12.5 –Samsung Galaxy Note 10.1 with Keyboard & Mouse-2013-05-27

As indicated previously, I have been looking for a tablet that would replace my laptop for travel computing. I initially considered the Samsung ATIV Pro, which was costly and was using Windows 8. Then, I looked at and bought a Samsung Galaxy Note 10.1 with Keyboard and Mouse, which was more affordable and was using Android instead of Windows 8. I wanted to know if Android could satisfy my travel computing needs. This blog (Article) is to report on my findings.

First, let me say that the Samsung Galaxy Note 10.1 with Android 4.1.2 (Jelly Bean) is a terrific product in itself as a tablet. Android has surpassed Apple’s iOS in terms of functionality and ease of use according to many industry experts. My wife has an iPad, I can therefore subjectively compare both products. Personally, for reasons stated in previous articles, I prefer the Samsung Galaxy 10.1 with Android 4.1.2 over the iPad.

Samsung Galaxy Note 10.1 with Keyboard & Mouse photos:

Android-Tablet-1

Android-Tablet-2

Keyboard reference:  http://www.newegg.com/Product/Product.aspx?Item=9SIA1PU0M45684

Mouse reference: Bluetooth Notebook Mouse 5000 

Using the keyboard & mouse to do serious work

I have started to enter the text of this article using the Bluetooth keyboard and mouse and using Polaris Office. In itself it is a new learning curve. Here are my first observations:

  1. Polaris Office is not MS Office Word which I am familiar with. Therefore, it is an additional product that I have to learn and remember the differences with MS Office Word. As you can recall, I am trying to keep the number of products that I have to learn to a minimum.
  2. The small keyboard requires adaptation. It is better and more productive then the touch screen keyboard, but once again it is a compromise.
  3. I am used to a lot of real estate in term of monitor size. I use two 28 inches monitors on each of my desktops. The main reason is that I often work with side by side apps or monitor the financial markets while I do other work. This requires space.
  4. Up to now, I had not taken the time to learn Windows 8 which I am starting to do lately.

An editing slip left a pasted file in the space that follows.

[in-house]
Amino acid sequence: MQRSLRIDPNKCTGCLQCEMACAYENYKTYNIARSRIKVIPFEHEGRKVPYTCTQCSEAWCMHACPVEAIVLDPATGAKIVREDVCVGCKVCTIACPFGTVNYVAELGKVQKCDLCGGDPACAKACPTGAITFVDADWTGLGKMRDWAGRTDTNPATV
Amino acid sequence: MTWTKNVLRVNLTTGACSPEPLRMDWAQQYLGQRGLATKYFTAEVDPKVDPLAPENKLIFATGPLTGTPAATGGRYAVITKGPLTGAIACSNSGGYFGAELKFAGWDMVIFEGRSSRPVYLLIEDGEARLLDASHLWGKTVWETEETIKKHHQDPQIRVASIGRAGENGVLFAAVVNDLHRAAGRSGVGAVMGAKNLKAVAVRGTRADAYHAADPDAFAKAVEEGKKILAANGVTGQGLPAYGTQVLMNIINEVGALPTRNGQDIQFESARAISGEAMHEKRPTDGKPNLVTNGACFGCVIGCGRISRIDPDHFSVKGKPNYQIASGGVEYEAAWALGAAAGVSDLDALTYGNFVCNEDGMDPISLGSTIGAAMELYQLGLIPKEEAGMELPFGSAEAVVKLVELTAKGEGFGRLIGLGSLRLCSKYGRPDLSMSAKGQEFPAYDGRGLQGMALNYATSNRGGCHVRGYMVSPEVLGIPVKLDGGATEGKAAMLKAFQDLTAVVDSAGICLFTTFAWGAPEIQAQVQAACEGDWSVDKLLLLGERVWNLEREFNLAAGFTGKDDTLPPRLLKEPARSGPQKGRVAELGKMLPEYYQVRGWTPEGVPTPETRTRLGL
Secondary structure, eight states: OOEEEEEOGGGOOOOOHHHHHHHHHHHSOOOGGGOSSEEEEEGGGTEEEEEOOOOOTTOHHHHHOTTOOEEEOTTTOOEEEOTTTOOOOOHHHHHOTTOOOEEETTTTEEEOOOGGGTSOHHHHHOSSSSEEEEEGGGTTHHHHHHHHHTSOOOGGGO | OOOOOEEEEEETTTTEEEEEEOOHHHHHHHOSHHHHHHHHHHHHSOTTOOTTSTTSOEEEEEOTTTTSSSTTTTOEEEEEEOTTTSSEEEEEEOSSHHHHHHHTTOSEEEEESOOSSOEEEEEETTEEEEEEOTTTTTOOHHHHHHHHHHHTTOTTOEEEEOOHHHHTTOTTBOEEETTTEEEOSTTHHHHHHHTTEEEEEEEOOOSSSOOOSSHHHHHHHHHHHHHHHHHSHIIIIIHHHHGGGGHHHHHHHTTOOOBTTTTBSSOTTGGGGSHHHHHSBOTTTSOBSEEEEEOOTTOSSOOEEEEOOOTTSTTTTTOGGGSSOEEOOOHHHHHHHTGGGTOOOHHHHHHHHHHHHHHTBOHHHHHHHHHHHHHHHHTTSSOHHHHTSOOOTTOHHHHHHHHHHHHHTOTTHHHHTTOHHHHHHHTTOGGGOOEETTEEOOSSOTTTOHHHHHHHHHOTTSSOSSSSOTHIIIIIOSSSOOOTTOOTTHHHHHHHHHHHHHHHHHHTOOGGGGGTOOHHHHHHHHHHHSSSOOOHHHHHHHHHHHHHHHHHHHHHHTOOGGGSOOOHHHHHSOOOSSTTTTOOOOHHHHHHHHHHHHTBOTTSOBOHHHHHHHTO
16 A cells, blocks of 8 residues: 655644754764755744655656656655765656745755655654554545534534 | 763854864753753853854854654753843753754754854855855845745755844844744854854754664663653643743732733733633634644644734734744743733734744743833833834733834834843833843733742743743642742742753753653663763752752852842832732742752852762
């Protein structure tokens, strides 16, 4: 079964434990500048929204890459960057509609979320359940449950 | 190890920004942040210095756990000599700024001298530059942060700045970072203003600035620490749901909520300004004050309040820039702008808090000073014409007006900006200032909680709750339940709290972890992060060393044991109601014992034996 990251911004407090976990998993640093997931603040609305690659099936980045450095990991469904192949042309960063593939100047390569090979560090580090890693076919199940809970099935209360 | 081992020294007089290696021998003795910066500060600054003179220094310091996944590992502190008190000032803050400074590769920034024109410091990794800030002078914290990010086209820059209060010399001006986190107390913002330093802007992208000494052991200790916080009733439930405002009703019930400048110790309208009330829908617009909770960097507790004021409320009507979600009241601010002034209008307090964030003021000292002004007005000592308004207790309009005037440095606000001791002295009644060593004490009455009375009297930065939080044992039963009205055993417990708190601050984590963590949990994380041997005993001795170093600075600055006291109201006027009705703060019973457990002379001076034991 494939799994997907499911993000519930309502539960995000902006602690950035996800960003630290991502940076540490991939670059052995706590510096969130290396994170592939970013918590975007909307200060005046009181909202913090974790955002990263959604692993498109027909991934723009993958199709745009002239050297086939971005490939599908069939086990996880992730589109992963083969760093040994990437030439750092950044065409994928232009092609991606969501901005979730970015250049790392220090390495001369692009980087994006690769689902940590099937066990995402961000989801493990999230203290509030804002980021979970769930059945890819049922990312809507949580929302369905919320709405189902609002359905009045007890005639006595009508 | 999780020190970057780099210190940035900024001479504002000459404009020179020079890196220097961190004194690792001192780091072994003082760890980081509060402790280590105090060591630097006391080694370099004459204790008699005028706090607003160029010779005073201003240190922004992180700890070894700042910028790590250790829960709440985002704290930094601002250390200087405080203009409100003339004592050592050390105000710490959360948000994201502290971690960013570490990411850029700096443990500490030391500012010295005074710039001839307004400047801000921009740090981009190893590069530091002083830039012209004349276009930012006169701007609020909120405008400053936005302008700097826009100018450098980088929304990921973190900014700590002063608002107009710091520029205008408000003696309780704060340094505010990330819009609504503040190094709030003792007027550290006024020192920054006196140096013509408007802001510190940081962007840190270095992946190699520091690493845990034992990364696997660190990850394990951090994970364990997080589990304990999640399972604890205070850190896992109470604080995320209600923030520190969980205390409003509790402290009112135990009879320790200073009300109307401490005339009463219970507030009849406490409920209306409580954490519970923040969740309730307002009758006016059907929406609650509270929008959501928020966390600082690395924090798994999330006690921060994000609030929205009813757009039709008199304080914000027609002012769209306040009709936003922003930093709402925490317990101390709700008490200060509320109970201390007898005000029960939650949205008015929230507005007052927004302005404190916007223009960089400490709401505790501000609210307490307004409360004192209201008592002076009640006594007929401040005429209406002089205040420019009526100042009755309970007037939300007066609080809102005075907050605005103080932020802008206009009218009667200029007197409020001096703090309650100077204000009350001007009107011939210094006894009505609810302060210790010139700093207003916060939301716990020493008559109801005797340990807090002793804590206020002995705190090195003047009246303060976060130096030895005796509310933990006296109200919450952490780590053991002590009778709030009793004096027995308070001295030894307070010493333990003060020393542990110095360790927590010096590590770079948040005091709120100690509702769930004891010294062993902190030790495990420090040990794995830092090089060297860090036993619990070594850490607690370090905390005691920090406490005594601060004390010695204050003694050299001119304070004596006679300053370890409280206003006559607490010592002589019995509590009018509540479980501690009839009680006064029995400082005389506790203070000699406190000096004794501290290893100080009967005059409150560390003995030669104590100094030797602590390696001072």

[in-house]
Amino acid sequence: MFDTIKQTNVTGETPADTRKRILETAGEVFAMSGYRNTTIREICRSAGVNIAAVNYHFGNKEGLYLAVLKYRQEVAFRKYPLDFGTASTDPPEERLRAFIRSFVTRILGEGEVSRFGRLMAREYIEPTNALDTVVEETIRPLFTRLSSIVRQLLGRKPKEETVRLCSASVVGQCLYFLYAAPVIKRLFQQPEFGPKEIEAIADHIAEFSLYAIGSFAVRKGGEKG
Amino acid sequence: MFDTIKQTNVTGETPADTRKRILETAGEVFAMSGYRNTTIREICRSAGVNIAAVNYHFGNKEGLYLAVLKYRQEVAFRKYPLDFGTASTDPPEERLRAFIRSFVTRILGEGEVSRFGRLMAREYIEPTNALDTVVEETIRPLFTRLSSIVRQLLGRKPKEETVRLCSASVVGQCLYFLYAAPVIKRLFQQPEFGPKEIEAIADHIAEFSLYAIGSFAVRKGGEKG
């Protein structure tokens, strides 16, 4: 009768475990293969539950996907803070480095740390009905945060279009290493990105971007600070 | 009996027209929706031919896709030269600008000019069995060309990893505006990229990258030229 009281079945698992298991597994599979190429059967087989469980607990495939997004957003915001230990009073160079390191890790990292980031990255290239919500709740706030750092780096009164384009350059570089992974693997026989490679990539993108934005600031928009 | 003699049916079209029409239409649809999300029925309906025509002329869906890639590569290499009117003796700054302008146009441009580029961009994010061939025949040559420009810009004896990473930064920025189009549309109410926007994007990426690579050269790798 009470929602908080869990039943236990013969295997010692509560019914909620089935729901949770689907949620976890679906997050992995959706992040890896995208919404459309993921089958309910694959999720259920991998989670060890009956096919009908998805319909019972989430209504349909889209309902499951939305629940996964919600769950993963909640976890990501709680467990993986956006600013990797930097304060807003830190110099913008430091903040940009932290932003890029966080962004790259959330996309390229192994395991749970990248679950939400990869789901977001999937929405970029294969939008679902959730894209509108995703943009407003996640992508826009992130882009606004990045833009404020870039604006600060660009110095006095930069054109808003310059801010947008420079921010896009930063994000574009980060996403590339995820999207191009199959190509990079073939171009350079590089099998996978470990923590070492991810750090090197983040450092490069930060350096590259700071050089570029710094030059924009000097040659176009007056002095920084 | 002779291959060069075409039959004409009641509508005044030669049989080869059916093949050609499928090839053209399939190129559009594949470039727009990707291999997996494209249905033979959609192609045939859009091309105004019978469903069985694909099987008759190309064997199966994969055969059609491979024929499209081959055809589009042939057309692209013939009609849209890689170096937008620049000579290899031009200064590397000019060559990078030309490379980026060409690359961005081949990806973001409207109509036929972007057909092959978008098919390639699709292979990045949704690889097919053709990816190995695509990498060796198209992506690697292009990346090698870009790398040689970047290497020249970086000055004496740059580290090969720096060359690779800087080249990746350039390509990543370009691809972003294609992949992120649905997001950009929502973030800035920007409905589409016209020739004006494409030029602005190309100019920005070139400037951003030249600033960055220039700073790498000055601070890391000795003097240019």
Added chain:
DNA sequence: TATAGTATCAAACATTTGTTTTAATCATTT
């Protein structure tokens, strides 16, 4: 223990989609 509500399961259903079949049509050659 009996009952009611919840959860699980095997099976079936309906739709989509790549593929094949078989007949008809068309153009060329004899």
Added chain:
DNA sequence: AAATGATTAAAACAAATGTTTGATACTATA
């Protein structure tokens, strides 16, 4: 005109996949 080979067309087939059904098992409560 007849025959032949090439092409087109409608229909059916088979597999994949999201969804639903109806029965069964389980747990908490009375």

NOTE: at this point, in writing this article, it has become evident to me that this small screen and keyboard are not the right approach for my needs. Therefore, I have decided to complete this article on my laptop with MS Office Word. I have given up on learning Polaris Office and had to retype the above text since I could not find a way to copy it into a Dropbox file to make it available on my laptop.

5.   Lately, Dell has come up with a large Windows 8 tablet called the Dell XPS 18 Portable All-in-One. This looks more like the type of product I need as a laptop replacement for traveling.

6.  Meanwhile, Intel is launching, in the first week of June 2013, its new fourth-generation “Haswell” processor line. These processors will consume less power to double the battery life, which is ideal for tablet type products. “Haswell’s underlying architecture can scale from delivering server-level performance to tablet-level power consumption. In the ultrabook segment, Haswell provides 20 times reduction in idle power over the previous generation,” said Borkar, who is based in Oregon, US.

All of the above mean that I will now wait for the first Haswell powered large tablets to come to market. In the meantime, I will focus on getting proficient with Windows 8 on my laptop. If the Haswell tablet is powerful and easy to carry as I expect it to be, it will most likely replace ALL my current computers. I can foresee an environment with a second large monitor in each location (Freeport & Montreal) to operate with this large Windows 8 computer/tablet. This should reduce upgrading costs and simplify keeping up with the latest new technology since I would only have one computer/tablet instead of three computers. I will report on this approach as soon as I implement it, most probably in the fall of 2013.

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